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New study predicts worsening dengue spread in Mexico and Brazil

New study predicts worsening dengue spread in Mexico and Brazil
Spatiotemporal distribution of reported dengue-invaded municipalities (Mexico: 1995-2019, Brazil 2001–2019). Distribution of reported dengue-invaded municipalities over space (A, C) and time (B, D) for Mexico (A, B) and Brazil (C, D). A municipality is defined as invaded in the year it first exceeds an optimized cumulative incidence threshold (2 cases per 100,000 residents in Mexico, 20 cases per 100,000 residents Brazil, see “Methods” section). Source of Administrative boundaries: The Global Administrative Unit Layers (GAUL) dataset, implemented by FAO within the CountrySTAT and Agricultural Market Information System (AMIS) projects. Credit: Nature Communications (2024). DOI: 10.1038/s41467-024-48465-0

Brazil and Mexico may be affected by a much greater spread of dengue in the years to come, according to a new study from the University of Toronto's Temerty Faculty of Medicine.

The research, published in Nature Communications, used geospatial machine learning models to map out the future spread of dengue in the two countries until 2039 using data related to regional environmental factors as well as historical data on human population mobility.

The model predicted that the percentage of municipalities affected by dengue will rise from 76 to 97% in Brazil and from 55 to 91% in Mexico, which the study notes is "a more extensive and rapid expansion" than previously thought.

"COVID-19 has brought emerging infectious diseases to the forefront of public discussion. The pandemic is a reminder of the profound harm emerging infectious diseases have on health systems," says the study's first author Vinyas Harish, an MD/Ph.D. student at Temerty, post-graduate affiliate at the Vector Institute for Artificial Intelligence and clinical clerk at Unity Health Toronto.

New study predicts worsening dengue spread in Mexico and Brazil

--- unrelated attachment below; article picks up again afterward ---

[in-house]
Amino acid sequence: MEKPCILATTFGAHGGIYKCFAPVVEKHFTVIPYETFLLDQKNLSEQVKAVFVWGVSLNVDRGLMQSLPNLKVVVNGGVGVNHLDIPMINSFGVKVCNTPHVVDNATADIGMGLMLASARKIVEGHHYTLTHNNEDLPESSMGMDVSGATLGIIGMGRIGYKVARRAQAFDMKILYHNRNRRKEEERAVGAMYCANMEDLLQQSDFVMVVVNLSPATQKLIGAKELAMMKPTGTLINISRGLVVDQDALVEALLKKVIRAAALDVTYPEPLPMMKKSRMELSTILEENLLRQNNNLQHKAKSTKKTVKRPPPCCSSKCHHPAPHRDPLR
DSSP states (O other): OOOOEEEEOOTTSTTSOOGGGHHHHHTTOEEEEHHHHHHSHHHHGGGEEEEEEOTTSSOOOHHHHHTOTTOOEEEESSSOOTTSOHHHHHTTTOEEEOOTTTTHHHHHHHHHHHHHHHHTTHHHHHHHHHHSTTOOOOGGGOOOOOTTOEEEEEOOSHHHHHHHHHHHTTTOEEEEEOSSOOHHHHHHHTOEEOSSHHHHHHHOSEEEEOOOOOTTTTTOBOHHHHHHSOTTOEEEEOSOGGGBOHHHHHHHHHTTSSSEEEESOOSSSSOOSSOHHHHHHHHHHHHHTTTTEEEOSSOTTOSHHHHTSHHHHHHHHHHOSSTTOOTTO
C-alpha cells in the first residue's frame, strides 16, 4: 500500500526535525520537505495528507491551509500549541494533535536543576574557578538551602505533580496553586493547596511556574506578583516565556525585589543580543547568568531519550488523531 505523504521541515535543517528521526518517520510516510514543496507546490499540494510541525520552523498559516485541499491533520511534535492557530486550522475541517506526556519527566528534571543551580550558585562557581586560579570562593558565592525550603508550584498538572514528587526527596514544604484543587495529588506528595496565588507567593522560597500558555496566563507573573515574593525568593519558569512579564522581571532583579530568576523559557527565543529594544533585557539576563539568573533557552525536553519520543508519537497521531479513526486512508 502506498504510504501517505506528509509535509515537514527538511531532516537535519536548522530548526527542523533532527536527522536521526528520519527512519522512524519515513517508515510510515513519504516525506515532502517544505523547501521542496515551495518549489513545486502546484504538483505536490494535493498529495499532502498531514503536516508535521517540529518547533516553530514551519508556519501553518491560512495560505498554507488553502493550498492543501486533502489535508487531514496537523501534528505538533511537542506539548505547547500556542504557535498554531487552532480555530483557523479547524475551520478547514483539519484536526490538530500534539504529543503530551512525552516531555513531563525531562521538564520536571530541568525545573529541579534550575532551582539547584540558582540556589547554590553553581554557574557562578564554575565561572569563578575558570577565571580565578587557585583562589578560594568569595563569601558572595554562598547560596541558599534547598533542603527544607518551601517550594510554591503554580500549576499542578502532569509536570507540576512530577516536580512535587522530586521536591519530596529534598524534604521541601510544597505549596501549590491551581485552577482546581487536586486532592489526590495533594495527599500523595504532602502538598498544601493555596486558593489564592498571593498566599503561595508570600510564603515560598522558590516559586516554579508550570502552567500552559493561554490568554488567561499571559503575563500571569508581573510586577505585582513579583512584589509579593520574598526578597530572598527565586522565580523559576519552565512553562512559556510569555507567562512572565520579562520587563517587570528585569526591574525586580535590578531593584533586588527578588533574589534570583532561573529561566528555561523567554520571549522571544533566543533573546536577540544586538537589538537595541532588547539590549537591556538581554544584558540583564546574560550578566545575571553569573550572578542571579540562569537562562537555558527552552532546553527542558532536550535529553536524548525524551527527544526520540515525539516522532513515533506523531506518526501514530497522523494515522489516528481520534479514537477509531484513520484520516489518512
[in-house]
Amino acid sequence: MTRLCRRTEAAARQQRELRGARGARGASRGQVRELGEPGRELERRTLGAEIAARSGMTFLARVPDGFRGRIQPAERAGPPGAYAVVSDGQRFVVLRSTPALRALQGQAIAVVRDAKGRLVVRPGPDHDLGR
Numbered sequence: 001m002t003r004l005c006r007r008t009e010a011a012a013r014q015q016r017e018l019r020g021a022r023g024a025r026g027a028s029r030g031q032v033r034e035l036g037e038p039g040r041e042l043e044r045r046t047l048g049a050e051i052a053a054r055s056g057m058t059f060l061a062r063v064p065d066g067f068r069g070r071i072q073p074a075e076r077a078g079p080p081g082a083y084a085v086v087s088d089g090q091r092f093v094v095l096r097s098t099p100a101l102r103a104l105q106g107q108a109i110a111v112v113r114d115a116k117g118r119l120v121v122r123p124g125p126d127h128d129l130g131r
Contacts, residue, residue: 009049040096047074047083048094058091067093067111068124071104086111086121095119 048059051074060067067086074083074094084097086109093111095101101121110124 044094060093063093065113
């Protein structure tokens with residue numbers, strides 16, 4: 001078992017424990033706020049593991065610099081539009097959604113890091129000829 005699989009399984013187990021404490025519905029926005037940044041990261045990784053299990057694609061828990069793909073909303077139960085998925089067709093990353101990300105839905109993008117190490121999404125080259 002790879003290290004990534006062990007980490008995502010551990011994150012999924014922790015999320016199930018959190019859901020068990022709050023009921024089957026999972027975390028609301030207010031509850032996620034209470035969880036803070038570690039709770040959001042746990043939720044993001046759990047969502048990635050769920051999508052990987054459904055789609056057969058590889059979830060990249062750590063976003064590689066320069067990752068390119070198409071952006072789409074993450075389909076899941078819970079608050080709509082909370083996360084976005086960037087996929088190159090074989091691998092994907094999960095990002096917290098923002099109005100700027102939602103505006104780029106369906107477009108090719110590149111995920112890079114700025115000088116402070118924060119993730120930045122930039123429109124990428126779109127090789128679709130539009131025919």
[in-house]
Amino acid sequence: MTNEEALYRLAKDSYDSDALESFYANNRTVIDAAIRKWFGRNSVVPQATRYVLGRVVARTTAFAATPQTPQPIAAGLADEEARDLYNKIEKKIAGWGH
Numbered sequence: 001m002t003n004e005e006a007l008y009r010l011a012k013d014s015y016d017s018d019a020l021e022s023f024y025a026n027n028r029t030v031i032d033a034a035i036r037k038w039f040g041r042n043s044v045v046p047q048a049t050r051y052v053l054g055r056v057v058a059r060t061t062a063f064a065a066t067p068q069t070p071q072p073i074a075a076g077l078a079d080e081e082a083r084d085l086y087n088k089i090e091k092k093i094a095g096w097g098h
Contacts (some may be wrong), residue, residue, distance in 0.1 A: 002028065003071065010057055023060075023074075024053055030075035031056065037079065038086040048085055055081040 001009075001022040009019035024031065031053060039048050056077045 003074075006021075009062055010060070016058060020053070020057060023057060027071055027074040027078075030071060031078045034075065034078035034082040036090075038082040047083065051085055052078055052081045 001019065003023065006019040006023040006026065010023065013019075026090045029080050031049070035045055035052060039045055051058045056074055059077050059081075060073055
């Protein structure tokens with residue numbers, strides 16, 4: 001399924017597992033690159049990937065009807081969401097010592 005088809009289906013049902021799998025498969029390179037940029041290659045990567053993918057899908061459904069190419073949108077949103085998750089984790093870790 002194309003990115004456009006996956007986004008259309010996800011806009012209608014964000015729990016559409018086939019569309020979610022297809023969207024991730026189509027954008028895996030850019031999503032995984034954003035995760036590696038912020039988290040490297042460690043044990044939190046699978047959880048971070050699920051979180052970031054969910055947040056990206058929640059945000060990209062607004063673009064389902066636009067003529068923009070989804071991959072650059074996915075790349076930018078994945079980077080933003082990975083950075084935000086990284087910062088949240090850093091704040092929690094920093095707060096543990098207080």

Predicted year of dengue invasion. Predicted year of invasion for Mexico (A–C) and Brazil (D–F) since the beginning of national dengue surveillance (Mexico: 1995–2019, Brazil 2001–2019). A, D give raw municipality-level predictions while B, E summarize spread trends using thin-plate splines. C, F show smoothed trends of model residuals where brown colors show areas where dengue was reported before predicted (or never predicted- assigned the value −5) by the model and green vice versa. Source of Administrative boundaries: The Global Administrative Unit Layers (GAUL) dataset, implemented by FAO within the CountrySTAT and Agricultural Market Information System (AMIS) projects. Credit: Nature Communications (2024). DOI: 10.1038/s41467-024-48465-0

Dengue is a viral infection, spread to humans by mosquitoes, that affects 100 to 400 million people each year in tropical and subtropical climates.

While some people experience mild symptoms, for others, dengue can lead to much more serious outcomes like hospitalization or death. No specific treatment for dengue exists, says the World Health Organization, and there was a global spike in cases in 2023, which led to international concern about the surging numbers.

For the study, researchers—who included Professor Kamran Khan and Associate Professor Isaac Bogoch from Temerty's department of medicine—developed and validated their models by looking at more than 8,000 municipalities in Brazil and Mexico over 25 years. They also integrated insights from historical outbreak records, climate change projections and evolutionary history of viral genetic sequences.

The researchers say they believe it's the first time, to their knowledge, "that spatial models of disease spread have informed origins, pathways and future projections of an emerging infectious ."

The paper—led by Oliver Brady of the London School of Hygiene and Tropical Medicine—involved researchers from Canada, the United States, Australia, England, Brazil and Mexico.

Researchers say they hope the findings of the paper help with understanding other emerging , and the best ways of combating the spread of in the future.

More information: Vinyas Harish et al, Human movement and environmental barriers shape the emergence of dengue, Nature Communications (2024). DOI: 10.1038/s41467-024-48465-0

Journal information: Nature Communications
Citation: New study predicts worsening dengue spread in Mexico and Brazil (2024, June 10) retrieved 14 June 2024 from https://medicalxpress.com/news/2024-06-worsening-dengue-mexico-brazil.html
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